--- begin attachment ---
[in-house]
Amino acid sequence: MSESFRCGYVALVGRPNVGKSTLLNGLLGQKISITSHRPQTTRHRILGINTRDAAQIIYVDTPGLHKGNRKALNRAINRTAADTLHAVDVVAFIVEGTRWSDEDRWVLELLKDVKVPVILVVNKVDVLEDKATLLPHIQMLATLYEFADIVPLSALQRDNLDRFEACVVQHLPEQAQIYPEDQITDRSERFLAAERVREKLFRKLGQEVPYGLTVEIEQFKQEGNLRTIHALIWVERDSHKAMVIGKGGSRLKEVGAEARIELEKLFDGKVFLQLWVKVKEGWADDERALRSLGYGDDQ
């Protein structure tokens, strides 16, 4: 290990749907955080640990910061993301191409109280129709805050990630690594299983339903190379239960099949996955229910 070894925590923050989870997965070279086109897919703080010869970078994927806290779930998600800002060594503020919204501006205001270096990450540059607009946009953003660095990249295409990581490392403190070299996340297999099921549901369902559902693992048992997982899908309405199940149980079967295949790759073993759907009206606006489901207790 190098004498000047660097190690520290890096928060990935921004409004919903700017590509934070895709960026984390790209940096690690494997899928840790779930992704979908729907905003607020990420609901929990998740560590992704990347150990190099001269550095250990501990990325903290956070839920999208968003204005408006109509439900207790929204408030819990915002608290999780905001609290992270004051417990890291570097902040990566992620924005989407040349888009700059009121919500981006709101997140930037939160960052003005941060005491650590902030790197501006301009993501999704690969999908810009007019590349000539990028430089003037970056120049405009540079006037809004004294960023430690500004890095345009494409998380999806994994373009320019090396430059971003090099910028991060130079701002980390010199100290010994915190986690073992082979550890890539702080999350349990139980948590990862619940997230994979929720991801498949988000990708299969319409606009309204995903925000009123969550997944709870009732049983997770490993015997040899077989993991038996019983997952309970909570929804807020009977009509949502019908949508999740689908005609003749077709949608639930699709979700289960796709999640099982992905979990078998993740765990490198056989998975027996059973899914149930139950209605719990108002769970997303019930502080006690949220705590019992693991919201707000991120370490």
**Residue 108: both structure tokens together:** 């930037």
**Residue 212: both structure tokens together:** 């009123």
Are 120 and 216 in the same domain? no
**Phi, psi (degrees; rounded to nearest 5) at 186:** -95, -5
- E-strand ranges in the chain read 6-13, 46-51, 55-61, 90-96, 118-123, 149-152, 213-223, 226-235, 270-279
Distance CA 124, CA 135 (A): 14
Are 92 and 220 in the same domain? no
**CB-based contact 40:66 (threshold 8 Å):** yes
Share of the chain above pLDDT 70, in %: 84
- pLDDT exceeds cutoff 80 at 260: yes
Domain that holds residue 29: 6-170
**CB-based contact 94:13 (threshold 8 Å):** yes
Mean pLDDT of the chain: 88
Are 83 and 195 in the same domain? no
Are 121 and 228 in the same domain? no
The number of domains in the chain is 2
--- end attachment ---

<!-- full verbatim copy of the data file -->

[in-house]
Amino acid sequence: MSESFRCGYVALVGRPNVGKSTLLNGLLGQKISITSHRPQTTRHRILGINTRDAAQIIYVDTPGLHKGNRKALNRAINRTAADTLHAVDVVAFIVEGTRWSDEDRWVLELLKDVKVPVILVVNKVDVLEDKATLLPHIQMLATLYEFADIVPLSALQRDNLDRFEACVVQHLPEQAQIYPEDQITDRSERFLAAERVREKLFRKLGQEVPYGLTVEIEQFKQEGNLRTIHALIWVERDSHKAMVIGKGGSRLKEVGAEARIELEKLFDGKVFLQLWVKVKEGWADDERALRSLGYGDDQ
């Protein structure tokens, strides 16, 4: 290990749907955080640990910061993301191409109280129709805050990630690594299983339903190379239960099949996955229910 070894925590923050989870997965070279086109897919703080010869970078994927806290779930998600800002060594503020919204501006205001270096990450540059607009946009953003660095990249295409990581490392403190070299996340297999099921549901369902559902693992048992997982899908309405199940149980079967295949790759073993759907009206606006489901207790 190098004498000047660097190690520290890096928060990935921004409004919903700017590509934070895709960026984390790209940096690690494997899928840790779930992704979908729907905003607020990420609901929990998740560590992704990347150990190099001269550095250990501990990325903290956070839920999208968003204005408006109509439900207790929204408030819990915002608290999780905001609290992270004051417990890291570097902040990566992620924005989407040349888009700059009121919500981006709101997140930037939160960052003005941060005491650590902030790197501006301009993501999704690969999908810009007019590349000539990028430089003037970056120049405009540079006037809004004294960023430690500004890095345009494409998380999806994994373009320019090396430059971003090099910028991060130079701002980390010199100290010994915190986690073992082979550890890539702080999350349990139980948590990862619940997230994979929720991801498949988000990708299969319409606009309204995903925000009123969550997944709870009732049983997770490993015997040899077989993991038996019983997952309970909570929804807020009977009509949502019908949508999740689908005609003749077709949608639930699709979700289960796709999640099982992905979990078998993740765990490198056989998975027996059973899914149930139950209605719990108002769970997303019930502080006690949220705590019992693991919201707000991120370490």
**Residue 108: both structure tokens together:** 């930037």
**Residue 212: both structure tokens together:** 């009123």
Are 120 and 216 in the same domain? no
**Phi, psi (degrees; rounded to nearest 5) at 186:** -95, -5
- E-strand ranges in the chain read 6-13, 46-51, 55-61, 90-96, 118-123, 149-152, 213-223, 226-235, 270-279
Distance CA 124, CA 135 (A): 14
Are 92 and 220 in the same domain? no
**CB-based contact 40:66 (threshold 8 Å):** yes
Share of the chain above pLDDT 70, in %: 84
- pLDDT exceeds cutoff 80 at 260: yes
Domain that holds residue 29: 6-170
**CB-based contact 94:13 (threshold 8 Å):** yes
Mean pLDDT of the chain: 88
Are 83 and 195 in the same domain? no
Are 121 and 228 in the same domain? no
The number of domains in the chain is 2